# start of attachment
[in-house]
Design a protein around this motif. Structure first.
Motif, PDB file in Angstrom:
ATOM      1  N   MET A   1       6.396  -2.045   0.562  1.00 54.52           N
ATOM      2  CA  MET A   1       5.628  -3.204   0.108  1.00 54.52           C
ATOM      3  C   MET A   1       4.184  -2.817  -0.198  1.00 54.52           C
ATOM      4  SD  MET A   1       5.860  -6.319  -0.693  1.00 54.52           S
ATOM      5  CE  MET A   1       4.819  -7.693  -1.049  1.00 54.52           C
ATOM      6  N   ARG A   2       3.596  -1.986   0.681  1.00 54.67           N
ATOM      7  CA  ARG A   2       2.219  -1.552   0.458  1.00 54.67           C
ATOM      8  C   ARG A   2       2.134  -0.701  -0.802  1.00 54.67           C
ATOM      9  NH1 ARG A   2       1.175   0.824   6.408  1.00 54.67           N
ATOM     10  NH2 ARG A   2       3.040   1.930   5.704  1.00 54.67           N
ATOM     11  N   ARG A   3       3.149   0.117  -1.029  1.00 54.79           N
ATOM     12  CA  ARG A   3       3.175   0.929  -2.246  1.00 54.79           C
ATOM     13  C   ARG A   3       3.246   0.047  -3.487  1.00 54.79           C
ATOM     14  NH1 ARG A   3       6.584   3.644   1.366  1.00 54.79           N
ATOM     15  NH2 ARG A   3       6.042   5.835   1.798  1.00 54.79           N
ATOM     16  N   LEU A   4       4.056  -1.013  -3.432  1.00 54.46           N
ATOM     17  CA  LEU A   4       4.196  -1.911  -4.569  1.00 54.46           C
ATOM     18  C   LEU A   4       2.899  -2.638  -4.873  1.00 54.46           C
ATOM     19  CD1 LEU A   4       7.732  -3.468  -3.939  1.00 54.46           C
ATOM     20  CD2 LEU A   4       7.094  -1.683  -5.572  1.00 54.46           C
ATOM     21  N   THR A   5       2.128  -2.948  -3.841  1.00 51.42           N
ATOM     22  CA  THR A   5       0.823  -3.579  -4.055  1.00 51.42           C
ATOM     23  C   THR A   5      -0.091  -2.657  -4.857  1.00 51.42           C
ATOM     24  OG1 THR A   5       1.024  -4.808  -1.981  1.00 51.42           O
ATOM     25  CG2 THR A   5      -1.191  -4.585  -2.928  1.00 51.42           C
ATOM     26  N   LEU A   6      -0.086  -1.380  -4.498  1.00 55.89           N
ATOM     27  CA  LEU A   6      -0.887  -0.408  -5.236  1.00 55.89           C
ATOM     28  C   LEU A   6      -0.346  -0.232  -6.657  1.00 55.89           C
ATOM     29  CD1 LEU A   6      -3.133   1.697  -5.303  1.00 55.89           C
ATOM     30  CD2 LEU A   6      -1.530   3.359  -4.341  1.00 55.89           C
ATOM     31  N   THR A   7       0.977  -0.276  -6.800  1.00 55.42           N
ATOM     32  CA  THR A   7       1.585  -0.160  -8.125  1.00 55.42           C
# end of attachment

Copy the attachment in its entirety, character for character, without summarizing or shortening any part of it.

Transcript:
[in-house]
Design a protein around this motif. Structure first.
Motif, PDB file in Angstrom:
ATOM      1  N   MET A   1       6.396  -2.045   0.562  1.00 54.52           N
ATOM      2  CA  MET A   1       5.628  -3.204   0.108  1.00 54.52           C
ATOM      3  C   MET A   1       4.184  -2.817  -0.198  1.00 54.52           C
ATOM      4  SD  MET A   1       5.860  -6.319  -0.693  1.00 54.52           S
ATOM      5  CE  MET A   1       4.819  -7.693  -1.049  1.00 54.52           C
ATOM      6  N   ARG A   2       3.596  -1.986   0.681  1.00 54.67           N
ATOM      7  CA  ARG A   2       2.219  -1.552   0.458  1.00 54.67           C
ATOM      8  C   ARG A   2       2.134  -0.701  -0.802  1.00 54.67           C
ATOM      9  NH1 ARG A   2       1.175   0.824   6.408  1.00 54.67           N
ATOM     10  NH2 ARG A   2       3.040   1.930   5.704  1.00 54.67           N
ATOM     11  N   ARG A   3       3.149   0.117  -1.029  1.00 54.79           N
ATOM     12  CA  ARG A   3       3.175   0.929  -2.246  1.00 54.79           C
ATOM     13  C   ARG A   3       3.246   0.047  -3.487  1.00 54.79           C
ATOM     14  NH1 ARG A   3       6.584   3.644   1.366  1.00 54.79           N
ATOM     15  NH2 ARG A   3       6.042   5.835   1.798  1.00 54.79           N
ATOM     16  N   LEU A   4       4.056  -1.013  -3.432  1.00 54.46           N
ATOM     17  CA  LEU A   4       4.196  -1.911  -4.569  1.00 54.46           C
ATOM     18  C   LEU A   4       2.899  -2.638  -4.873  1.00 54.46           C
ATOM     19  CD1 LEU A   4       7.732  -3.468  -3.939  1.00 54.46           C
ATOM     20  CD2 LEU A   4       7.094  -1.683  -5.572  1.00 54.46           C
ATOM     21  N   THR A   5       2.128  -2.948  -3.841  1.00 51.42           N
ATOM     22  CA  THR A   5       0.823  -3.579  -4.055  1.00 51.42           C
ATOM     23  C   THR A   5      -0.091  -2.657  -4.857  1.00 51.42           C
ATOM     24  OG1 THR A   5       1.024  -4.808  -1.981  1.00 51.42           O
ATOM     25  CG2 THR A   5      -1.191  -4.585  -2.928  1.00 51.42           C
ATOM     26  N   LEU A   6      -0.086  -1.380  -4.498  1.00 55.89           N
ATOM     27  CA  LEU A   6      -0.887  -0.408  -5.236  1.00 55.89           C
ATOM     28  C   LEU A   6      -0.346  -0.232  -6.657  1.00 55.89           C
ATOM     29  CD1 LEU A   6      -3.133   1.697  -5.303  1.00 55.89           C
ATOM     30  CD2 LEU A   6      -1.530   3.359  -4.341  1.00 55.89           C
ATOM     31  N   THR A   7       0.977  -0.276  -6.800  1.00 55.42           N
ATOM     32  CA  THR A   7       1.585  -0.160  -8.125  1.00 55.42           C